Motions with cross-party support

31. Where motions have cross-party support– e.g. symbolic or congratulatory ones, we agree with the suggestion to have a declaration by the Lord Mayor.  It is unhelpful to have a party debate, which makes it look to the public as if there is a dispute between the parties, when there is not.

Deadline to submit motions

32.We think there is benefit to more discussion between the parties before the agenda is published.  We therefore suggest we bring the deadline for submitting motions a couple of days earlier so that the parties can see where there is agreement before the agenda is published.

33. If at all possible, the amendments should be submitted before the agenda is published.  Members of the public cannot get a true picture of the issues in debate unless both sides of the argument are shown.


34. Motions and amendments should both have descriptive titles.  Both the proposer and seconder should be named on the agenda and the party of each member should also be specified, as this helps the public understand the proceedings without having to be familiar with each member.

Motions in the guillotine

35. We believe time could be saved by dispensing with the formality of the Lord Mayor reading out the names of the proposer and seconder of each amendment, thus getting to the vote more quickly.  This will be easier if the suggestions above are implemented

We therefore suggest the following order of events:

  • Parties draw up motions, as currently.  Motions must not contain party-political sniping directed at national parties or leaders.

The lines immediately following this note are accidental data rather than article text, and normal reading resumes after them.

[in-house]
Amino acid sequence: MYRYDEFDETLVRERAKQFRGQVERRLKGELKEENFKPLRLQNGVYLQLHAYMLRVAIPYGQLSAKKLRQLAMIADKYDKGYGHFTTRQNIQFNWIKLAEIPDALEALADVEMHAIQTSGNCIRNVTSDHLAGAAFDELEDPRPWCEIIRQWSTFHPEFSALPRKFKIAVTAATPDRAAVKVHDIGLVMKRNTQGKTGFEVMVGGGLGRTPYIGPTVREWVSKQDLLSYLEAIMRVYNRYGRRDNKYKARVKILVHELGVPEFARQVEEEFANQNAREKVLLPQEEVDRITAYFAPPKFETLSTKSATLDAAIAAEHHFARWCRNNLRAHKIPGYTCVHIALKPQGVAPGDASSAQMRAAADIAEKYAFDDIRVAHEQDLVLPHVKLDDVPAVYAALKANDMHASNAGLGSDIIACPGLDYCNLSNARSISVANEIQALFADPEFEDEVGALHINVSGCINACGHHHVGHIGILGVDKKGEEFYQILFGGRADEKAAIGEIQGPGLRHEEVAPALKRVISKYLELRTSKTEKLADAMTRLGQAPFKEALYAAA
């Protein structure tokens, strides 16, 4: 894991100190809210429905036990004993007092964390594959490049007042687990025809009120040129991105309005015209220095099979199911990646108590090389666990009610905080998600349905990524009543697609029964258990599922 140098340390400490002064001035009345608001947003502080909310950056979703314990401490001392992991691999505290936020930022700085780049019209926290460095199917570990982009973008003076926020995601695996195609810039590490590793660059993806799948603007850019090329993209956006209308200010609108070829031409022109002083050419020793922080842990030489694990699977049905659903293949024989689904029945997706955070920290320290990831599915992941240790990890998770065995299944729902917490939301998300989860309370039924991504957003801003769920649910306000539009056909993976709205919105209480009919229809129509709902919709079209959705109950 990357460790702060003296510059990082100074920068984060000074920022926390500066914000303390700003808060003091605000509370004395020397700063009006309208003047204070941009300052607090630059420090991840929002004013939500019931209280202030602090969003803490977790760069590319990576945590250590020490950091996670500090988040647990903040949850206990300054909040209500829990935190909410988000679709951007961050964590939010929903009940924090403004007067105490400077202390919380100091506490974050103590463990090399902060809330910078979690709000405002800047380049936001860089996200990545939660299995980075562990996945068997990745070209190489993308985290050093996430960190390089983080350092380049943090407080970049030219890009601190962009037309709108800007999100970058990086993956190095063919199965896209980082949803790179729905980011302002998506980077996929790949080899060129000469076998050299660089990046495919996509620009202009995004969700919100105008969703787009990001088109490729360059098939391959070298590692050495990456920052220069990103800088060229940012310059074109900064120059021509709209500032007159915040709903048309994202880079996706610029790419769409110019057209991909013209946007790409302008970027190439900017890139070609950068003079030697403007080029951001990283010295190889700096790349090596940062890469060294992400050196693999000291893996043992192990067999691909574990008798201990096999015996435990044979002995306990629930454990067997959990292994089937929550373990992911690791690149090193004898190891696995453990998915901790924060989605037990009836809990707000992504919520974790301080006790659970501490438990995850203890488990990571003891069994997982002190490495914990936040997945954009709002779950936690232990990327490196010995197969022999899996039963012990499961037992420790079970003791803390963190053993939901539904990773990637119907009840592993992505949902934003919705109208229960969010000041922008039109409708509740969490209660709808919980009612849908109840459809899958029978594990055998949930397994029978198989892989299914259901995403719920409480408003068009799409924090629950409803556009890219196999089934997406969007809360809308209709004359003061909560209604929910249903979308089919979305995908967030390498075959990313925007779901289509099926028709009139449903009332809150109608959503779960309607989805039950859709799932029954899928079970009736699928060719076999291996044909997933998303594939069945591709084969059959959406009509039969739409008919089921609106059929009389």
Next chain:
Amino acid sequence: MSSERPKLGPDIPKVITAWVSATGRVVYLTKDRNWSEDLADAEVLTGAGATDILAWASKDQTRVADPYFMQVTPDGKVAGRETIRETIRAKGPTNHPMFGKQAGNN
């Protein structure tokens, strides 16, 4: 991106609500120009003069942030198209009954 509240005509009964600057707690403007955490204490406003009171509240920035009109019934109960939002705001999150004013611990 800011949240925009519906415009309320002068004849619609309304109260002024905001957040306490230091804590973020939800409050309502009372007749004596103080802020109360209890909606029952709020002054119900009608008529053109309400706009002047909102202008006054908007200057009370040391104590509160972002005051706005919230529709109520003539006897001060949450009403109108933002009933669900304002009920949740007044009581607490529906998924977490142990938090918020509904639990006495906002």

• Parties should ensure motions are reasonably short (3 or 4 paragraphs)
  • Draft motions submitted – 2 days before the present deadline
  • Parties review each other’s motions and agree which attract cross-party consensus (possibly with agreed modifications). They should also agree any motions which should be consolidated or dealt with together – i.e. if covering the same topic.
  • Parties submit amendments

Agenda published

Prior to council meeting:

  • Petitions received – petitioners given advice and options on which meeting they want to present their petition to.
  • People in public gallery given information on only being able to make a speech if presenting a petition. Otherwise, limited to asking questions.

Council meeting:

  • Lord Mayor reminds all to be concise etc.
  • Public petitions and questions – up to an hour
  • Questions to be actual questions
  • Cabinet members to respond briefly to the question and without making a speech.
  • Members’ questions – including supplementary questions on topics not on the agenda for debate.
  • Motions where consensus is reached – announcement by Lord Mayor (possibly with formal proposer and seconder)
  • Motions for debate
  • Order of speakers for each debate:
    • Proposer and seconder of motion (3 mins and 2 mins)
    • Proposer and seconder of first amendment (3 mins and 2 mins)
    • Proposer and seconder of second amendment (3 mins and 2 mins)
    • Etc
    • Other speakers – 1 minute each (parties expected to avoid repetition)
    • Vote on all amendments and then substantive motion
  • Guillotine on any remaining motions if needed – Lord Mayor to dispense with formally calling on proposers and seconders for each motion and amendment and move straight to vote.
  • Other business like minutes etc

Download Review of council meetings – Green Party comments (pdf)